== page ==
News Release

Elder Stevenson Dedicates Okinawa Japan Temple

From World War II's final battle site to Japan's fourth temple, 'a symbol of peace'

Elder Gary E. Stevenson of the Quorum of the Twelve Apostles of The Church of Jesus Christ of Latter-day Saints stands outside the temple before the Okinawa Japan Temple dedication in Okinawa on Sunday, November 12, 2023.2023 by Intellectual Reserve, Inc. All rights reserved.
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Elder Gary E. Stevenson of the Quorum of the Twelve Apostles of The Church of Jesus Christ of Latter-day Saints dedicated the Okinawa Japan Temple on Sunday, November 12. The temple is the fourth in Japan and the 186th worldwide.

A land of deep spirituality and ancestral connection, Japan is a temple-going society with “some of the most active temple-going, temple-attending, temple-worshipping Latter-day Saints in the whole world,” said Elder Stevenson.

The first missionaries of The Church of Jesus Christ of Latter-day Saints arrived in Tokyo, Japan, in 1901, according to a short history of the Church in Japan. Almost 45 years later, during World War II, American servicemen became the first Latter-day Saints to visit the Ryukyu Islands in Okinawa.

The final battle of World War II, which took place in Okinawa, claimed the lives of 240,000 Japanese and U.S. servicemen and Okinawan civilians.

Today, the Okinawa temple district includes 5,500 Latter-day Saints in 12 congregations — including members of the Japanese-speaking Okinawa Japan Stake and the English-speaking Okinawa Japan Military District who will worship in the temple together.

“To have the history that is part of both of those groups come together in a temple … is really quite a remarkable thing,” said Elder Stevenson.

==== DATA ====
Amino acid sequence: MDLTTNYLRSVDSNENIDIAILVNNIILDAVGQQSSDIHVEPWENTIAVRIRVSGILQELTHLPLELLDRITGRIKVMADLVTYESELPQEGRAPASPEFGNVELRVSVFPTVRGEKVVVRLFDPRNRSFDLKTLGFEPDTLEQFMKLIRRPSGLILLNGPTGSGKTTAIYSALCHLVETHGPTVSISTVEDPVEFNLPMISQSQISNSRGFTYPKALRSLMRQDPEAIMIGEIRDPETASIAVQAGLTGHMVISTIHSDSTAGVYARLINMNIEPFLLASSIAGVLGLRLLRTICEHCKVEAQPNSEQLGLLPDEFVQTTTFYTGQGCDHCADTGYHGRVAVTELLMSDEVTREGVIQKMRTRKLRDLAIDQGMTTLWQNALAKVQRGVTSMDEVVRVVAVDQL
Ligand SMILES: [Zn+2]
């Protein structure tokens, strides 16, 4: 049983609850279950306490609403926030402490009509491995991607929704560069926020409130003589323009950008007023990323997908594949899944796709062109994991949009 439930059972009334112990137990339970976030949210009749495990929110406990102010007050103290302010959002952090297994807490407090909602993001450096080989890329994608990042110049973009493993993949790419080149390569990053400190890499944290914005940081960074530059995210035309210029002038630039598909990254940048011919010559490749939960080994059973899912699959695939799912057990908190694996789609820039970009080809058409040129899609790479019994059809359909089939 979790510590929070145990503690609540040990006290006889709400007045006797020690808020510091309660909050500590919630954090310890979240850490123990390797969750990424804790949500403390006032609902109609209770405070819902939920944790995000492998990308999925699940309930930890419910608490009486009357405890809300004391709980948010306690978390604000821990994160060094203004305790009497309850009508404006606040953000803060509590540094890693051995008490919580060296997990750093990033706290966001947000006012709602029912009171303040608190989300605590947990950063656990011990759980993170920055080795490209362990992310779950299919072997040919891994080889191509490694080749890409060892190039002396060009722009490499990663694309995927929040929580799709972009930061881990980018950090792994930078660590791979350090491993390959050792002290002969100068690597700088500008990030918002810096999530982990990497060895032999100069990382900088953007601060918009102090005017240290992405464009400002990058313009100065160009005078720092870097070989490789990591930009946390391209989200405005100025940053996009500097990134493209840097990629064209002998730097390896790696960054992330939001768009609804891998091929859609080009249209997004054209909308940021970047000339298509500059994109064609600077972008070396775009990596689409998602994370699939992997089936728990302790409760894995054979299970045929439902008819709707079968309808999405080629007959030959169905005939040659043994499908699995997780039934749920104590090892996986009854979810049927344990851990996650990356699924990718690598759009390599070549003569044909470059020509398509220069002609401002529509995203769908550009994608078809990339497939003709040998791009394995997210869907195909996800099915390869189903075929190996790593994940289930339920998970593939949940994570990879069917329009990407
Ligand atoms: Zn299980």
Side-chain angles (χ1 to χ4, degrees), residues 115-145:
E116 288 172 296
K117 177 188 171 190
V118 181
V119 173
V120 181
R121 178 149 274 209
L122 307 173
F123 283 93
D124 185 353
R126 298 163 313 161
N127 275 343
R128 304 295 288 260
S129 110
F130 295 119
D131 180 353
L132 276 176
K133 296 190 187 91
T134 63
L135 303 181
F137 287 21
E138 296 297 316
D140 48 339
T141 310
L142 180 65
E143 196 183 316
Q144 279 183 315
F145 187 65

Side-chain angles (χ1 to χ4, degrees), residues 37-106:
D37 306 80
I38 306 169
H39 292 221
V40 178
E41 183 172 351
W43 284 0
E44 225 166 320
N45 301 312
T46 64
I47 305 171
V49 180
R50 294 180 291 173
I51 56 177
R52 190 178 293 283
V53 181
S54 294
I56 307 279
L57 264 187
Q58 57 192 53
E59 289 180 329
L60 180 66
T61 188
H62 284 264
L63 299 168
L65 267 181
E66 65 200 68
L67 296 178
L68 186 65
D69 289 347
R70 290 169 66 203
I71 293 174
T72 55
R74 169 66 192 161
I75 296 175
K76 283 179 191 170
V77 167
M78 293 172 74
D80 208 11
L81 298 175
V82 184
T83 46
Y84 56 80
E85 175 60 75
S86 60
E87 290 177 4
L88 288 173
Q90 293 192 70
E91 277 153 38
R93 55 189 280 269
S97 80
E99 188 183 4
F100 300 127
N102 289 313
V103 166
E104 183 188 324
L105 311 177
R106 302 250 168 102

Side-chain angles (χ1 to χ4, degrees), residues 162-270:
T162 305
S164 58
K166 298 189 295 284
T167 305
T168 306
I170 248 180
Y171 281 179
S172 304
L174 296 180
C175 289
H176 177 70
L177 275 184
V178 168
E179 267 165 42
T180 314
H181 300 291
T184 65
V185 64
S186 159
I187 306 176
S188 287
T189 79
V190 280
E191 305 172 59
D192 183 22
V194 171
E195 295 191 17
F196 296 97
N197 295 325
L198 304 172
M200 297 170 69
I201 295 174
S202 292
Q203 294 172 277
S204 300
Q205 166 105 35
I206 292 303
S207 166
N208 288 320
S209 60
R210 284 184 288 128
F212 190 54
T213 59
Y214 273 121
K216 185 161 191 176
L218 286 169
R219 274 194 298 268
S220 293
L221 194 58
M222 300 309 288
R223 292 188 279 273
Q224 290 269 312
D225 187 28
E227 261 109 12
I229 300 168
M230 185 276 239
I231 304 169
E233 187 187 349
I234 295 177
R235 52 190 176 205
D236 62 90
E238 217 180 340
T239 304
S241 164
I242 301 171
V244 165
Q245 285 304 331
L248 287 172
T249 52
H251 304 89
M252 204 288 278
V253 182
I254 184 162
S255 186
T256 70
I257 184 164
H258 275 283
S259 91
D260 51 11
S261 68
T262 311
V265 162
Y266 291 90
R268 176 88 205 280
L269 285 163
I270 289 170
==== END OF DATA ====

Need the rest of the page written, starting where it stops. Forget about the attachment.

In celebration of both groups, the dedication included two dedicatory sessions — one in English and one in Japanese. “Every member was able to attend a session in the language of their heart,” said Elder Stevenson.

“The gospel of Jesus Christ navigated its way through difficulties, through cultural differences and through language barriers to find itself established on the island of Okinawa,” said Elder Stevenson.

President Russell M. Nelson announced the temple for Okinawa on April 7, 2019, during April 2019 general conference. The two-story, 12,437-square-foot temple sits on a half-acre site at 7-11-32 Matsumoto, Okinawa-shi, in Okinawa-ken, Japan.

Okinawa’s temple-loving people have been “longing to have a temple for generations,” Elder Stevenson said. “And, their thoughts and feelings are even more tender, and really quite deep, because of the history that we have in Okinawa.”

In the temple, Okinawan Latter-day Saints will honor their ancestors — “many who faced an untimely death associated with war.”

The temple, Elder Stevenson said, “can bring peace and comfort and unity of heart and mind and respect and devotion to our departed ancestors.”

Yoshitaka and Atsuko Asato led the Okinawa Japan Temple open house dedication committee. During the open house, nearly 8,000 people toured the sacred building. While the Japanese stake and the military district have shared buildings and worked together for many years, the open house provided them the opportunity to “become better friends and have better relationships,” Yoshitaka Asato said. “We had Japanese and American members in each and every subcommittee. We worked hard and we worked together and we were united.”

Before the Tokyo Japan Temple — the first temple in Japan — was dedicated in 1980, pioneering Latter-day Saints chartered airplanes to travel to the Laie Hawaii Temple, said Elder Stevenson.

Kensei and Hiroko Taira Nagamine participated in those early temple trips, completing proxy work for Kensei Nagamine’s father and brother, who died in Okinawa during World War II.

The first Japanese district president and then stake president in Okinawa, Nagamine said over the years he has felt the voice of his ancestors, whom he knows have been waiting for a temple in Okinawa.

Akira Yafuso, also an early stake president in Okinawa, spoke of the 240,000 people who died in Okinawa. “I believe and I feel that this land of Okinawa is purified or sanctified by the blood of these ancestors and military personnel,” he said. “And now it is so great to have a house of the Lord in Okinawa, to have a symbol of peace. We want to be the Lord’s temple-loving people.”

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